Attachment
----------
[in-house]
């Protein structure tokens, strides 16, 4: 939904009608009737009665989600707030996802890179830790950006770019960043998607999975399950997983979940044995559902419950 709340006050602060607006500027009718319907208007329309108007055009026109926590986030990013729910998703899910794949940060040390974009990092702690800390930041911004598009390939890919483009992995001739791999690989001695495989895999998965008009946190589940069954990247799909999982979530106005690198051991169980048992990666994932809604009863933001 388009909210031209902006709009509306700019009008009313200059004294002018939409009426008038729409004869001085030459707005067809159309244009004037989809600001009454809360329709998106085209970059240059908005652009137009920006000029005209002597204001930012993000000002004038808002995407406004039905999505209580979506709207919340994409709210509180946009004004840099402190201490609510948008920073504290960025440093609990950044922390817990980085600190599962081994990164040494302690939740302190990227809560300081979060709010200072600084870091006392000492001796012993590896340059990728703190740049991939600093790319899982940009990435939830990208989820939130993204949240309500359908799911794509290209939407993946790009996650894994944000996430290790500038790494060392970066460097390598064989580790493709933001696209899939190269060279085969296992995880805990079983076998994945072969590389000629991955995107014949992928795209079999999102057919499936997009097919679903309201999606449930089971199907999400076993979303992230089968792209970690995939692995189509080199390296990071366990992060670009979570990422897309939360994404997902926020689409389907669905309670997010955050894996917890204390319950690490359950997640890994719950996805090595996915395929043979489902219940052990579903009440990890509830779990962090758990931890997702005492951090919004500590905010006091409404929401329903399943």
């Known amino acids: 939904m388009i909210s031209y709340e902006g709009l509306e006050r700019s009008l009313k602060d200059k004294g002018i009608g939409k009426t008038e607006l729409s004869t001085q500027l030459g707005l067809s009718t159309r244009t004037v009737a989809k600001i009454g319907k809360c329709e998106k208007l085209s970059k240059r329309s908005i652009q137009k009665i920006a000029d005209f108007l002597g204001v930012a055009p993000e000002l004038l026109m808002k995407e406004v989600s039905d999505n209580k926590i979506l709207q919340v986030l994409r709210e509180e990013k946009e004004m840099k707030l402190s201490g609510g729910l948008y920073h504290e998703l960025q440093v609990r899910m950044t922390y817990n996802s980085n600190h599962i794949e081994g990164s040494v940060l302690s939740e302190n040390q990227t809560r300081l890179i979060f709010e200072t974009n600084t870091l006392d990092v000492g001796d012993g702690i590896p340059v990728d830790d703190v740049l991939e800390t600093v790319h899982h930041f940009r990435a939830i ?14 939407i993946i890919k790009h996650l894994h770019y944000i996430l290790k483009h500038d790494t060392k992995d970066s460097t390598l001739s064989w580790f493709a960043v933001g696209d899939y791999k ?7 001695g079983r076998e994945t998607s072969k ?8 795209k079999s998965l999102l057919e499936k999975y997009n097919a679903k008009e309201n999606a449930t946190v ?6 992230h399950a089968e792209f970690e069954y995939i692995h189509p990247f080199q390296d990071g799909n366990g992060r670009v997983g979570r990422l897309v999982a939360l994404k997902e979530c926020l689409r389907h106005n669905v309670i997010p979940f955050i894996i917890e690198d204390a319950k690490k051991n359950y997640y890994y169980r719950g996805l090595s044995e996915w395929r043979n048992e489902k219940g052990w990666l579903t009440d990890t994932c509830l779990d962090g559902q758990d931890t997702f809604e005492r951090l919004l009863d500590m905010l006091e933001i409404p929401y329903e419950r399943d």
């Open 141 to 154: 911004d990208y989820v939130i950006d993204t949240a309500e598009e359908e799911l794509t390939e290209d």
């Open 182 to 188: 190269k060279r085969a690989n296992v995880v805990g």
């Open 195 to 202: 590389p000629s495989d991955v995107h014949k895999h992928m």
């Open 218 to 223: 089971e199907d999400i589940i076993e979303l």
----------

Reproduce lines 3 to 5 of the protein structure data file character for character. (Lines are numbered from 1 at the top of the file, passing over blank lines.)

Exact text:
């Known amino acids: 939904m388009i909210s031209y709340e902006g709009l509306e006050r700019s009008l009313k602060d200059k004294g002018i009608g939409k009426t008038e607006l729409s004869t001085q500027l030459g707005l067809s009718t159309r244009t004037v009737a989809k600001i009454g319907k809360c329709e998106k208007l085209s970059k240059r329309s908005i652009q137009k009665i920006a000029d005209f108007l002597g204001v930012a055009p993000e000002l004038l026109m808002k995407e406004v989600s039905d999505n209580k926590i979506l709207q919340v986030l994409r709210e509180e990013k946009e004004m840099k707030l402190s201490g609510g729910l948008y920073h504290e998703l960025q440093v609990r899910m950044t922390y817990n996802s980085n600190h599962i794949e081994g990164s040494v940060l302690s939740e302190n040390q990227t809560r300081l890179i979060f709010e200072t974009n600084t870091l006392d990092v000492g001796d012993g702690i590896p340059v990728d830790d703190v740049l991939e800390t600093v790319h899982h930041f940009r990435a939830i ?14 939407i993946i890919k790009h996650l894994h770019y944000i996430l290790k483009h500038d790494t060392k992995d970066s460097t390598l001739s064989w580790f493709a960043v933001g696209d899939y791999k ?7 001695g079983r076998e994945t998607s072969k ?8 795209k079999s998965l999102l057919e499936k999975y997009n097919a679903k008009e309201n999606a449930t946190v ?6 992230h399950a089968e792209f970690e069954y995939i692995h189509p990247f080199q390296d990071g799909n366990g992060r670009v997983g979570r990422l897309v999982a939360l994404k997902e979530c926020l689409r389907h106005n669905v309670i997010p979940f955050i894996i917890e690198d204390a319950k690490k051991n359950y997640y890994y169980r719950g996805l090595s044995e996915w395929r043979n048992e489902k219940g052990w990666l579903t009440d990890t994932c509830l779990d962090g559902q758990d931890t997702f809604e005492r951090l919004l009863d500590m905010l006091e933001i409404p929401y329903e419950r399943d």
């Open 141 to 154: 911004d990208y989820v939130i950006d993204t949240a309500e598009e359908e799911l794509t390939e290209d």
């Open 182 to 188: 190269k060279r085969a690989n296992v995880v805990g």